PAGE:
Summary: Problems and trails are a fact of life - the issue is what are we learning from them?
"How to Profit From Your Problems"
Open: Welcome! It's good to be in the house of the Lord today as we begin a study on a new book. Today we are going to start a study through the book of James as we start a series of messages called "How Faith Works in Real Life" I've heard a number of people through the years claim James as their favorite book in the Bible. I've always wondered about that. I think that this book is one of the most challenging in the New Testament. There's virtually no fluff in this book.
Who is the Author? James, a servant of God and of the Lord Jesus Christ, To the twelve tribes scattered among the nations: Greetings. James...the Greek, Iakobo, it's really the word "Jacob." James is the same as Jacob. This was a very common name in first century Palestine. Eventually it came to be James in English because it kind of lost its original identity in the translation of Latin. Iakobo became Iakobos and Iakobos became Iakomos and Iakomos became James in the English transliteration. And so what started as Jacob ended up James.
We ask the question then...who is this James? There are 4 "James" in the New Testament.
* James the son of Alpnaeus. One of the apostles. -- We don't know much about him. . The only thing we can sort of assume about him is that he may have been the brother of Matthew. In the gospel of Mark chapter 2 verse 14 it says, "Matthew who's also known as Levi, was the son of Alphaeus." If it's the same Alphaeus then James and Matthew were indeed brothers.
* James the father of Judas. In Luke 6:16 it mentions James the father of Judas, Judas not Iscariot, the other apostle named Judas. But he's a very obscure James and there's no reason to credit him with writing this epistle
* James the son of Zebedee and the older brother of the Apostle John. -- One of the original, "sons of thunder" He was also an apostle -- one of the original twelve. Originally a fisherman who left his nets to follow Jesus.
He wasn't the first martyr, Stephen was, but he was the first apostle to be martyred. Acts 12:2 tells about his martyrdom. He was beheaded by Herod. So it is not possible for him to have written this book.
* James, the brother of our Lord. When our Lord Jesus came into this world, His mother was a virgin. But after the birth of Christ, she went on with her husband Joseph to bear children, male and female, and one of those, most likely the oldest son, was named James. He was a pillar in the early church -- all though he was never called to be an apostle. An apostle was a sent one, he was never sent. By the way, he was present in Acts chapter 1 when they were seeking to replace Judas and they did not choose him, they chose a man named Matthias. He wasn't even in the running. He was not even considered. You read Acts 1:14 to 23 he's not even considered. He was never sent out with the gospel. He does not rank with the apostles. What we know about him is that his calling was to shepherd the church in Jerusalem. -- In Acts 15 when a controversy stirs in the early church over how Gentile believers are to interact with the Old Testament Jewish believers, this James is the one who presides over the meeting and issues the decision that is then sent out among the churches. Josephus tells us that he was martyred in 62 AD -- stoned to death because of his faith in Jesus Christ.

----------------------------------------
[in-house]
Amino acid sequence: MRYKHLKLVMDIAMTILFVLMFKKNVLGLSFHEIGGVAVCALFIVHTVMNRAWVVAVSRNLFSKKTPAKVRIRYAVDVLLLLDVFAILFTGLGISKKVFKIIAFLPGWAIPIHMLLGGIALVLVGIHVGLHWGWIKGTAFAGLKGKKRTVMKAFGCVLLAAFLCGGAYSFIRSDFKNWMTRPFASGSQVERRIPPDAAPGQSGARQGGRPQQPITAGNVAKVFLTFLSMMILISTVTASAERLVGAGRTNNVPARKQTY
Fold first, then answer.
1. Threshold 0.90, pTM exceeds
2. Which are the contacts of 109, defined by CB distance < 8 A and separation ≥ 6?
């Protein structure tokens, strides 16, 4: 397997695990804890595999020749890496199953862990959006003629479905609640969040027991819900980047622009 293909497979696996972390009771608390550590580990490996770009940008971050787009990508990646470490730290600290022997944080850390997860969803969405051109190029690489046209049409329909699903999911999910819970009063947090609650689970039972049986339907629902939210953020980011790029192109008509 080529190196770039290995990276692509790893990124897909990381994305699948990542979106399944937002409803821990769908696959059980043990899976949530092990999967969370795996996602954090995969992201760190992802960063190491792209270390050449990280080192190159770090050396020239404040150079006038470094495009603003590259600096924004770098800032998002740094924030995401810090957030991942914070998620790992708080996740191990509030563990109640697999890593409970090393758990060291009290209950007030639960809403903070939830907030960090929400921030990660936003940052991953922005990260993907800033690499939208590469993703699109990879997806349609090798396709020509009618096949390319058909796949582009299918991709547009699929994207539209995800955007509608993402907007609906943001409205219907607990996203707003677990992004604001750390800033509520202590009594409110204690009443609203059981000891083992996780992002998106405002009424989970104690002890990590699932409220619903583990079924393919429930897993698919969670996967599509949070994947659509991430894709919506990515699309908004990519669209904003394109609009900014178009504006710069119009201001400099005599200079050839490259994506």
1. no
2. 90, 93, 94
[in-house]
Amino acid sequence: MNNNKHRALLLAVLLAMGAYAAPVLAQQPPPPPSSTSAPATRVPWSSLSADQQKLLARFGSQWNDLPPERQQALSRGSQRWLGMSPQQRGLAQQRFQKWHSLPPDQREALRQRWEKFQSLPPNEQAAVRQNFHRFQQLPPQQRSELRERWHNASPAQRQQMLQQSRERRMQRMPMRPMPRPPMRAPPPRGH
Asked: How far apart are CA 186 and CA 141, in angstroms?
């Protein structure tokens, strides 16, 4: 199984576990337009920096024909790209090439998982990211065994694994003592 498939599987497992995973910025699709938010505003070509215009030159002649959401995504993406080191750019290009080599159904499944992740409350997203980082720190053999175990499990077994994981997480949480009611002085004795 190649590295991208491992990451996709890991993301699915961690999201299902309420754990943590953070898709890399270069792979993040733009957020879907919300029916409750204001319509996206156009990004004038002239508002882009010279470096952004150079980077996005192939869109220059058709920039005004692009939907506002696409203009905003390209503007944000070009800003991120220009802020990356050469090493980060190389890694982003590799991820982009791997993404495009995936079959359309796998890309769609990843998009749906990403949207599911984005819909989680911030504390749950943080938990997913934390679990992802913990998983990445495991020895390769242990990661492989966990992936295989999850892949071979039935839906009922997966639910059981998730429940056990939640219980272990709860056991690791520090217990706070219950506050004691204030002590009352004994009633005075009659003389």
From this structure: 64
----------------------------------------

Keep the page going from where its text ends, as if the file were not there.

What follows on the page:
Notice what James calls himself -- "a servant of God and of the Lord Jesus Christ"
- He is a leader among God's people, a world renown leader. Yet his glory is not in the title of his position, but in the fact that he is a servant of God and Christ. Despite his position, and world-wide reputation, what matters to him most is the intimacy of his relationship to God and his Lord. This is clearly seen when the word servant is understood, for the meaning of the word shows that James deliberately chose the word to describe his relationship to the Lord.
How do you define yourself when people ask you; "Tell me about yourself"?
What would you have done if you were James? Hey, being the brother of Jesus Christ could carry a few perks couldn't it? Imagine filling a job application and being able to legitimately put on it, "I'm the brother of Jesus Christ" Just do a little bit of name dropping... That would most likely give you a slight advantage over other applicants, wouldn't it? Or how about , "I'm the leader of the church in Jerusalem." That would certainly impress people, right? James doesn't do any of that. He simply says I'm a servant -- the word is doulos -- it means slave- "one who is deprived of personal freedom, one who is fully come into the control of his master." It's from the verb "to bind," he is bound. A doulos had no concern for his food, no concern for his clothing, no concern for his housing. His master cared for all of that. In the Old Testament Moses was called "the doulos of God." Daniel was called "the doulos of God," Joshua and Caleb, "the doulos of God," Abraham, Isaac and Jacob, so was Job, so was Isaiah and other of the prophets. And when James calls himself doulos, he is identifying himself with many honored men who were the servants of God.